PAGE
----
Western areas of state to see some license reductions
By Sarah Pridgeon
The Wyoming Game and Fish Commission has announced a 2017 hunting season that will be strongly affected in certain areas of the state by either the impact of winter weather or increasing wildlife populations. In Crook County and its surrounds, however, conditions have stayed relatively stable and hunters can expect a season almost exactly like the last one.
“We’re in good shape, relatively speaking. Our winter was not hard on wildlife, really,” says Chris Teter, Game Warden.
“We did have a rough stretch in there in late December and early January, but overall we fared pretty well.”
The winter was considerably more harsh to the west of the state, where seasons for big game, bison, birds and small game have been set in response. In eastern Wyoming, on the other hand, licenses have been added thanks to population increases.
In Crook County, the only small difference will be to deer season, where there will be a few more licenses available, says Teter.
“We did liberalize our deer season a little bit, but not very much. It’s a very similar season to what we had last year,” he says.
The seven-member commission voted on season setting after holding 39 public meetings. Overall, according to the commission, it will include a statewide increase of 4290 antelope licenses, 25 mule deer licenses, 1005 white-tail deer licenses, 725 elk licenses and eight bighorn sheep licenses.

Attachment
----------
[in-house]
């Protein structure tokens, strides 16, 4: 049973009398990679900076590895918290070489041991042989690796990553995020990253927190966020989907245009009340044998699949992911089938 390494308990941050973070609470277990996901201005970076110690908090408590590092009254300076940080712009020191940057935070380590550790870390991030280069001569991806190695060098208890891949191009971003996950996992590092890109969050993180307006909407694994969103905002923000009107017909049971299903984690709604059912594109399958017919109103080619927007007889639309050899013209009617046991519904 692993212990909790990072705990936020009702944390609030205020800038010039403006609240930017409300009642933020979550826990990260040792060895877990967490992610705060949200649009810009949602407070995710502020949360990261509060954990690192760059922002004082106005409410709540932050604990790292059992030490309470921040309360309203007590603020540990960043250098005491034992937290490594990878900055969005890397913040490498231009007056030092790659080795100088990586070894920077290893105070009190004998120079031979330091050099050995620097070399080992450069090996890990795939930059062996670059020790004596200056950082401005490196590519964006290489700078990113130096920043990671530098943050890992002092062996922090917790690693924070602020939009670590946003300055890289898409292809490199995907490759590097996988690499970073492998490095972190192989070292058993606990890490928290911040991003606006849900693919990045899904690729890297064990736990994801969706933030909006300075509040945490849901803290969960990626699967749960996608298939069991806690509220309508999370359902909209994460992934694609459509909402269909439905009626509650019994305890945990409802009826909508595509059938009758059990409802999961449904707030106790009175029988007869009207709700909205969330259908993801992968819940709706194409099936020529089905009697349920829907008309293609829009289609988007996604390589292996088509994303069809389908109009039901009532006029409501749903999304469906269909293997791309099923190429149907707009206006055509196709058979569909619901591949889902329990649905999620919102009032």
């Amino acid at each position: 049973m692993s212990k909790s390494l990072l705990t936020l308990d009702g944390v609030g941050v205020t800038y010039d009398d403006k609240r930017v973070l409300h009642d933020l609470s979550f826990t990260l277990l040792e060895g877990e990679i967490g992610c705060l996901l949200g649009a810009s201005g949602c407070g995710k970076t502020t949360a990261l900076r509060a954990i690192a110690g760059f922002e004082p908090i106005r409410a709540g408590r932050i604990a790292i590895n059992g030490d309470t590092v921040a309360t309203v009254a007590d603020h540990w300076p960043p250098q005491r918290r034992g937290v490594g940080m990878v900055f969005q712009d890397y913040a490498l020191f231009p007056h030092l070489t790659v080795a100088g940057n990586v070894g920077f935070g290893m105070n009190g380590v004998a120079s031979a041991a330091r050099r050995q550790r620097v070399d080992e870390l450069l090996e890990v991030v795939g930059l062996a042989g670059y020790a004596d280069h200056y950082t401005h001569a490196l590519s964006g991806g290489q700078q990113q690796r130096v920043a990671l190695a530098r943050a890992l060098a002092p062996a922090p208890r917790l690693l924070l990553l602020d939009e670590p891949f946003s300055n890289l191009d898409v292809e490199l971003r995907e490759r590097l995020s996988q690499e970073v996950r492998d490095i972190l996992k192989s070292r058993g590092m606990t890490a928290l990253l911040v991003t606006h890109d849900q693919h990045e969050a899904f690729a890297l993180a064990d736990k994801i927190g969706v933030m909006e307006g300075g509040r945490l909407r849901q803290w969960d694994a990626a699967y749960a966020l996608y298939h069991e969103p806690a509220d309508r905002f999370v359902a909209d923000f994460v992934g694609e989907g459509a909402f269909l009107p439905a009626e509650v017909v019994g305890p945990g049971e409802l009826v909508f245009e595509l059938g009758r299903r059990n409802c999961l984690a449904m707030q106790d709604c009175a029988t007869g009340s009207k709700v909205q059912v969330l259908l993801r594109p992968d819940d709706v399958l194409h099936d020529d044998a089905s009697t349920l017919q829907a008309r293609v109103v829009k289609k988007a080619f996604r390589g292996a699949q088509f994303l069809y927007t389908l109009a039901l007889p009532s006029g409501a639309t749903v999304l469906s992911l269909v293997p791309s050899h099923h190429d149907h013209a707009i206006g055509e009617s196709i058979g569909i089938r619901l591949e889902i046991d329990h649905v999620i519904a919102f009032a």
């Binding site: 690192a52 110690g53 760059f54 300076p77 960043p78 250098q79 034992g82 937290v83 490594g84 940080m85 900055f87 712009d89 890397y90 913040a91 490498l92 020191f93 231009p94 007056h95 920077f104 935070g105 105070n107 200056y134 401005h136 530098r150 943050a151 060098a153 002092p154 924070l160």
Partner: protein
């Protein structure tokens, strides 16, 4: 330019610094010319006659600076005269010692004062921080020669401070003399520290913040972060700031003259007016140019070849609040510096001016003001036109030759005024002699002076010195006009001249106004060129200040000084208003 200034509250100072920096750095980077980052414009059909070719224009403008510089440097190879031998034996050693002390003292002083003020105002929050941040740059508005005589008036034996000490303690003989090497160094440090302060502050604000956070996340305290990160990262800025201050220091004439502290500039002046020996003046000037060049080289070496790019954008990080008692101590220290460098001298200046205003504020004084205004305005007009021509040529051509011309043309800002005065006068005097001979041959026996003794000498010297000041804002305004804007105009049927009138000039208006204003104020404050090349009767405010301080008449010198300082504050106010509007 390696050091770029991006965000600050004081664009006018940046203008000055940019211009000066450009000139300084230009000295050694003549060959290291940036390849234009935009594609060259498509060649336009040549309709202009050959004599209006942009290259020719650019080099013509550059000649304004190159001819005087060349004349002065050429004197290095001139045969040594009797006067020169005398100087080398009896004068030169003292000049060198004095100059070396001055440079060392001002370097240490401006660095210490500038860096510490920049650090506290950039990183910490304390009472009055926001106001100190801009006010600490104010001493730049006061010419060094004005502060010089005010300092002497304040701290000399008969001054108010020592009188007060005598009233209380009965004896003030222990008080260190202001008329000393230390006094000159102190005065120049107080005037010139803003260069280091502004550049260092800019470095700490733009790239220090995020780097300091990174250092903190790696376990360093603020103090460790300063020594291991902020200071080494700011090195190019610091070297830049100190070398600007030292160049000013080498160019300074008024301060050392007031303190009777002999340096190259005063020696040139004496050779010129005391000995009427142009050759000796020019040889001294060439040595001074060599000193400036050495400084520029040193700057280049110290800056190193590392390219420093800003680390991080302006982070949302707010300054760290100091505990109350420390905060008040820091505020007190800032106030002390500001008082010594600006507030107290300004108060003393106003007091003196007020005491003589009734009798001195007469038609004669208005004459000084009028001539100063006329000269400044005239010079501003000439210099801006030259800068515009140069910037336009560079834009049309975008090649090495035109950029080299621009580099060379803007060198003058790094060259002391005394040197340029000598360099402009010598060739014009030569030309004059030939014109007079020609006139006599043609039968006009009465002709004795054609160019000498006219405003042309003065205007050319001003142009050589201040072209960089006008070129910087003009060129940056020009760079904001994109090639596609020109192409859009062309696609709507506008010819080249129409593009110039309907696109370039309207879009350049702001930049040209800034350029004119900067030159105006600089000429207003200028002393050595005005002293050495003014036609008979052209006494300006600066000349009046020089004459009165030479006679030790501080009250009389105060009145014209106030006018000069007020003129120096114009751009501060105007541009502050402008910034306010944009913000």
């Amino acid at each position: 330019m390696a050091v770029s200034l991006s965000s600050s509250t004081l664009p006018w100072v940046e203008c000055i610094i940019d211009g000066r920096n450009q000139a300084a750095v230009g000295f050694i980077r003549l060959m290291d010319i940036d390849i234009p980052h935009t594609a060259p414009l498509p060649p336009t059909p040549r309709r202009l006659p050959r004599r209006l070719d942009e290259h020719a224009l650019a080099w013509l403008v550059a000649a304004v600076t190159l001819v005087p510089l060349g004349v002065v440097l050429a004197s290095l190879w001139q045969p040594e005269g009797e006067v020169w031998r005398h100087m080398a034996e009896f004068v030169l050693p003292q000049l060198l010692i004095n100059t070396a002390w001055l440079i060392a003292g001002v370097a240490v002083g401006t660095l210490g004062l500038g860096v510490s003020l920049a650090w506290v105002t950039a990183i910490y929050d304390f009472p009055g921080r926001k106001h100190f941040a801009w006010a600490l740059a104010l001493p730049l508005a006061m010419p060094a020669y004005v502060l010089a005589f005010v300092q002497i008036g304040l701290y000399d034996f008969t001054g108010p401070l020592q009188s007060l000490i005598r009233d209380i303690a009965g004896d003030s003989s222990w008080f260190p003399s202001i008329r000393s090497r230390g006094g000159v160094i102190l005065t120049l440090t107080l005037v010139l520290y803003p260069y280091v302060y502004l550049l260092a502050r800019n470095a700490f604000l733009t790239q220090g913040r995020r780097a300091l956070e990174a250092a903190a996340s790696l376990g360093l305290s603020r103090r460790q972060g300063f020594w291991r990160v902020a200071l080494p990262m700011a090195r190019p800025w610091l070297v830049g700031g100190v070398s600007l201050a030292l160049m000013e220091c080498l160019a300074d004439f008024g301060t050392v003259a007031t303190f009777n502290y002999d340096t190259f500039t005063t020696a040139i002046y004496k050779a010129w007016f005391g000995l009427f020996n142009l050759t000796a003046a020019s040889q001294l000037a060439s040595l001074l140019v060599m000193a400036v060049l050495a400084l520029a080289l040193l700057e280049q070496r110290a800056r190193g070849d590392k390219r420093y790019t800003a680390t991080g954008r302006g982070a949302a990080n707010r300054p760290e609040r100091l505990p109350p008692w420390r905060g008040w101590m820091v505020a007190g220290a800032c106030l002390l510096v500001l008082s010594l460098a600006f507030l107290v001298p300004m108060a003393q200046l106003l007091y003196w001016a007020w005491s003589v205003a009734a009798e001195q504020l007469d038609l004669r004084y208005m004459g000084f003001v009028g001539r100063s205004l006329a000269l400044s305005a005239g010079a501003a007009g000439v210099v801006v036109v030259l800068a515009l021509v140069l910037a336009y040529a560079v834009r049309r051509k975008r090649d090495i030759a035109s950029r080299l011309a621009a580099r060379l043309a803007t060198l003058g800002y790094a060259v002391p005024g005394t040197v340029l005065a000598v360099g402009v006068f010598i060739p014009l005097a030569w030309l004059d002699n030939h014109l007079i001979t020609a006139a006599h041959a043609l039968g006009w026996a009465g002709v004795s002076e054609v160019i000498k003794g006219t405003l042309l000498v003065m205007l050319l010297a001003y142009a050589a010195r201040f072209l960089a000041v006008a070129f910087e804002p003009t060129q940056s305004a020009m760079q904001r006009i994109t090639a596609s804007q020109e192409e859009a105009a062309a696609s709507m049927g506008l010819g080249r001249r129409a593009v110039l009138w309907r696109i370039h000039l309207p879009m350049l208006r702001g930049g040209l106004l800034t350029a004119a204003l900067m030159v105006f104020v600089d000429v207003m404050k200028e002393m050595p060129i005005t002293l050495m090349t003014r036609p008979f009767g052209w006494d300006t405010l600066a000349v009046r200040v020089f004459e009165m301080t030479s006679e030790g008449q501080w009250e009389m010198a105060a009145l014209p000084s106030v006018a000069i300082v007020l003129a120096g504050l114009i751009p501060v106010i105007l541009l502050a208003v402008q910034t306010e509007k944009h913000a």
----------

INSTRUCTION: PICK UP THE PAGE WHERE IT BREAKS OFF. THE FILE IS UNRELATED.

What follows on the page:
Moose licenses have been reduced by 75 statewide and bison licenses by 175, while the number of mountain goat licenses will stay the same. Reduced deer and antelope licenses have been issued around Jackson, Pinedale and Green River due to the winter conditions and recent surveys showing mule deer fawn mortality of at least 80 percent in the Sublette and Wyoming Range herds.
This year, big game hunting licenses left over after the draw will be issued through another draw rather than on a first-come-first-served basis.
According to Teter, hunters in the northeast of Wyoming will also be affected less by brucellosis and chronic wasting disease than other parts of the state potentially may be.
“They’ve been monitoring the spread of that and of course are pretty [concerned] now that it’s reached some of the far western parts of the state where they feed elk in the wintertime, but we’ve really seen no new developments on that front here,” he confirms.